T-Mobile doesn't rock 4G LTE like Verizon or AT&T but you'd hardly notice it missing. Here in Vegas their HSPA+ "faux 4G" speeds are excellent. I achieved around 14-16 Mbps downloads and 1-4 uploads daily this entire week. Safe to say you'll be uploading those 5 megapixel photos to Facebook with ease.
Browsing the web, uploading a stack of photos after a night out, or just updating apps you shouldn't have too many problems as long as you have T-Mobile's 4G speeds in town.
Camera and Battery
Sadly Samsung's only tossed in a 5 megapixel camera here, but for a budget-aimed device it certainly does a respectable job. Even indoors the images were acceptable, and outdoors you'll have no problems getting a decent shot. Below is a few samples taken with the 5 megapixel shooter on the Relay 4G.
Then battery life is always a concern. Being that we don't have actual 4G LTE sucking down the battery, nor is there a massive 4.8-inch screen that will drain the life from your phone you'll have no problems here. The battery is a decent size coming in at 1,800 mAh -- which isn't as big as recent Sammy phones -- but it lasts well over an entire day. As you see below I've used the phone for almost 24 hours and I'm at about 56%. It's safe to say medium usage will last almost two days on a full charge.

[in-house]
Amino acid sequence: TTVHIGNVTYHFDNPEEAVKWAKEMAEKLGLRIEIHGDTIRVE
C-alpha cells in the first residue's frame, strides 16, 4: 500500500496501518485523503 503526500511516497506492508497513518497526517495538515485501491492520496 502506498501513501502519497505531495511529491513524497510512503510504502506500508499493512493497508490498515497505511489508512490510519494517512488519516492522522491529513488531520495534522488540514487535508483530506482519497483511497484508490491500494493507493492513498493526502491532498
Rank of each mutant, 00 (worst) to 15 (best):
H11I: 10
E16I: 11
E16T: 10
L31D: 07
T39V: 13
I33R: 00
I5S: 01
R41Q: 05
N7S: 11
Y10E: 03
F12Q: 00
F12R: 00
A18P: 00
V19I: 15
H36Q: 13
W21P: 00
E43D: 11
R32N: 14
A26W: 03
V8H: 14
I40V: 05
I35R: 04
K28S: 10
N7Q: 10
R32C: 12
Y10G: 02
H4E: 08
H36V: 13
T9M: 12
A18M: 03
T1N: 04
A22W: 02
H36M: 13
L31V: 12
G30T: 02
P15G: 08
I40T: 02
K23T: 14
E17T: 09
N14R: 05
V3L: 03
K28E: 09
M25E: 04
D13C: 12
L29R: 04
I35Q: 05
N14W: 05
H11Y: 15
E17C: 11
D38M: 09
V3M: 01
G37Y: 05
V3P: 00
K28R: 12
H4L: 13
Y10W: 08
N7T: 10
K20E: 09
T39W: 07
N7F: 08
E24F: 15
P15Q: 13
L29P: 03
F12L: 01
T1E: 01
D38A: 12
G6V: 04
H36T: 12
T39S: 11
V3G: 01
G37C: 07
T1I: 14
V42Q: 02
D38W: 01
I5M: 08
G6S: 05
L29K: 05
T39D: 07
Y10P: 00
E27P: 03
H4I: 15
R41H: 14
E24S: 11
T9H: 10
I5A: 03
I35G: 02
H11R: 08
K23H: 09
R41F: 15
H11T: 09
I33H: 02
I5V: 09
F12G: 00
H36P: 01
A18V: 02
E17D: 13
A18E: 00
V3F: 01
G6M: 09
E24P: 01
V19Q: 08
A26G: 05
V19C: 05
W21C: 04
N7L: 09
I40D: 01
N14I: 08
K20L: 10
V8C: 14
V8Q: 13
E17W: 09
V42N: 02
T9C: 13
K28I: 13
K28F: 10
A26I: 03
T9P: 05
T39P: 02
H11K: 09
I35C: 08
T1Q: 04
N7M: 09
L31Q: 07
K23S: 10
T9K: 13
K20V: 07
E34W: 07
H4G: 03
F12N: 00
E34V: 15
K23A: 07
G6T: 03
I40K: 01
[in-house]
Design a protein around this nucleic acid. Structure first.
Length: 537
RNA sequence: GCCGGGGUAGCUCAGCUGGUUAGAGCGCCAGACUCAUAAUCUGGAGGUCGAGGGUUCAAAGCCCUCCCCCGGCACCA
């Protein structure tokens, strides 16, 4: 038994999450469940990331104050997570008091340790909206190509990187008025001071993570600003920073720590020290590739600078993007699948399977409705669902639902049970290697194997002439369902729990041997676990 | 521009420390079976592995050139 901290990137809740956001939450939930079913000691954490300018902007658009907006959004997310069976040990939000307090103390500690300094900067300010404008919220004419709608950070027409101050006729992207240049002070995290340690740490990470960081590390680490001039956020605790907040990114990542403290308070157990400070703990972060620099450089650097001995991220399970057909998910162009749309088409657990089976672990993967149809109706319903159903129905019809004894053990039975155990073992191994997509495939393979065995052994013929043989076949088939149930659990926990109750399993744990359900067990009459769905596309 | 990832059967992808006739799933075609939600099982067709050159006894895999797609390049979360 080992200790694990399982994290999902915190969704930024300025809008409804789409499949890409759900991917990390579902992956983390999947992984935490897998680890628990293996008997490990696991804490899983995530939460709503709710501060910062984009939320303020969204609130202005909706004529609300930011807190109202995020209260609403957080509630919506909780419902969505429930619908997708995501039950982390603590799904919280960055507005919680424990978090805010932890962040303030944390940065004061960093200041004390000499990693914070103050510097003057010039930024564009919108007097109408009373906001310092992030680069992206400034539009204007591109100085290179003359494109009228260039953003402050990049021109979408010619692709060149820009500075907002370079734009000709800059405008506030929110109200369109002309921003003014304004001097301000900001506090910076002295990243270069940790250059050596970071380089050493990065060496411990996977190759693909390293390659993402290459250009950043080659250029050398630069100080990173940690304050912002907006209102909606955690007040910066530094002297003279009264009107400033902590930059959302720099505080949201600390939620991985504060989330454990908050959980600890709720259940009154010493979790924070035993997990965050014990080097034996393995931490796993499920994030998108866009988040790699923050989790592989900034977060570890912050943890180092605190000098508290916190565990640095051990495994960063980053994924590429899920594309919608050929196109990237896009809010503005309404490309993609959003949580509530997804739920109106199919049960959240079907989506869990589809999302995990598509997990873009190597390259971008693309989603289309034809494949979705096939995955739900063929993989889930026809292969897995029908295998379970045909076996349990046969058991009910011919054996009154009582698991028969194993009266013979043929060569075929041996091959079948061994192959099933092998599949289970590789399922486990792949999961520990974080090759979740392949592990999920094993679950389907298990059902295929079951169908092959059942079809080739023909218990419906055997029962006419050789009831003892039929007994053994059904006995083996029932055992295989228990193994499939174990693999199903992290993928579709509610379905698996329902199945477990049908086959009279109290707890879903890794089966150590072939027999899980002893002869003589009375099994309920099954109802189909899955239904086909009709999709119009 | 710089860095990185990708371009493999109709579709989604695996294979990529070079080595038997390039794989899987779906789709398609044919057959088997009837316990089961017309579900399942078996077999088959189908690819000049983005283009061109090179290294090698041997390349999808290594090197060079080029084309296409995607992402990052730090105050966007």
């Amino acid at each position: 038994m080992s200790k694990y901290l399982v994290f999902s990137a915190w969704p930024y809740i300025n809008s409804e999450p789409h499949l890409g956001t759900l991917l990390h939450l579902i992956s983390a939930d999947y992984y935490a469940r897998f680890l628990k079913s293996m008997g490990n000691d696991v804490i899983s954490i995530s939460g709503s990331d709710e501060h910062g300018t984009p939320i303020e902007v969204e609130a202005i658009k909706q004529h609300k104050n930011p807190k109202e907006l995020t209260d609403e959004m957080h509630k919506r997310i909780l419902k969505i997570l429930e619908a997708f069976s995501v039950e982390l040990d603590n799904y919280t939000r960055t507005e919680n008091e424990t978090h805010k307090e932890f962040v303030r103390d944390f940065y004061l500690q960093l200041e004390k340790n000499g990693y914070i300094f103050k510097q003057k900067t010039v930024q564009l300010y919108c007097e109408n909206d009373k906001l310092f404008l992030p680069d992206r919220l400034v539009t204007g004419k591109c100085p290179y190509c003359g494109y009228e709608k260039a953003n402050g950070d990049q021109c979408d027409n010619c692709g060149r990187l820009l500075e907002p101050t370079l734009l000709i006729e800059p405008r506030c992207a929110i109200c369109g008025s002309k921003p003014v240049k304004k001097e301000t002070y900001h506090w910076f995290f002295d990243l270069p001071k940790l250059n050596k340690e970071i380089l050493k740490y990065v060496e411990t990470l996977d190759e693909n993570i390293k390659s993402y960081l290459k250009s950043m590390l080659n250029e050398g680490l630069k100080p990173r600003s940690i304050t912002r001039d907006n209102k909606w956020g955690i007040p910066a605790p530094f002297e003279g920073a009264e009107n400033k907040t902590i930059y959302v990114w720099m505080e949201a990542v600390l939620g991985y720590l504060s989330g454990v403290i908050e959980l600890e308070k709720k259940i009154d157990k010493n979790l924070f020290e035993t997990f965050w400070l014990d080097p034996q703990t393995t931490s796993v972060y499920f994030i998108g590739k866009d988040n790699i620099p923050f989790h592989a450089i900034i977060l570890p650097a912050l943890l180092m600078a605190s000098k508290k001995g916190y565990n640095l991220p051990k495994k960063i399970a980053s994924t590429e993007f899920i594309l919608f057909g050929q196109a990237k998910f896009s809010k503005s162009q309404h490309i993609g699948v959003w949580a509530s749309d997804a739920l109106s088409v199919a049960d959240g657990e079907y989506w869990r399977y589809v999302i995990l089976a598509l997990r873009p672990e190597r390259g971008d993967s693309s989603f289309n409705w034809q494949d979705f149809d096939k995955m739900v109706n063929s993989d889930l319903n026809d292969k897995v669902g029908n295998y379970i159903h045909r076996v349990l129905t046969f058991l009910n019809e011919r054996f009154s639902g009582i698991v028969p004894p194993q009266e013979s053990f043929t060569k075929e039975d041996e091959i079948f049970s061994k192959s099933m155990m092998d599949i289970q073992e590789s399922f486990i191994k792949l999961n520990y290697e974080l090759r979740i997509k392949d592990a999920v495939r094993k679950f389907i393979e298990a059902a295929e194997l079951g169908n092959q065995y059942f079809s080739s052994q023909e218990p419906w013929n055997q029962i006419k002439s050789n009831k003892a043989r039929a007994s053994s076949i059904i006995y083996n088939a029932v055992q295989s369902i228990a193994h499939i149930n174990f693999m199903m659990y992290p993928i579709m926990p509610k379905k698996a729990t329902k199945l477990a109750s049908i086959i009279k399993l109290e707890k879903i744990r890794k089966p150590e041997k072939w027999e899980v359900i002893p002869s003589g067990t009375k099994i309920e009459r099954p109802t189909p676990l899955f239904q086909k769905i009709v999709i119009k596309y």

As a phone, yes one of those things we make calls with, it works great. The speakers are loud and clear, and the external speaker for conference calls or while watching a YouTube video was decently loud. T-Mobile has great call quality and we experienced nothing bad worth noting. You'll probably only be texting on that 5-row keyboard anyways -- but it was worth a quick mention.
As we said above, the Samsung Galaxy S Relay 4G is no slouch. In terms of any real QWERTY Slider competition on T-Mobile -- there is none. The myTouch line runs Android 2.3 Gingerbread, as does the Galaxy S Blaze 4G, and neither have the dual-core S4 processor power under the hood. It's very safe to say this is the best slider T-Mobile has to offer.
Overall we were mildly pleased with the Relay 4G. For a mid-range smartphone costing just $149 the package is decent, but we'd still rather spring an extra $50 for the Galaxy S III -- then you'll get all the stars instead of just most in the "Galaxy". In the end this device is aiming at the keyboard crowd, and in that regard the hardware was certainly not my favorite. We'd recommend something along the lines of the Galaxy S II or Galaxy S III over this, but if you must have the keyboard this is surely the best bet from T-Mobile. Enjoy the rest of the pictures in the gallery below. Head to your nearest T-Mobile store to pick up the Galaxy S Relay 4G today!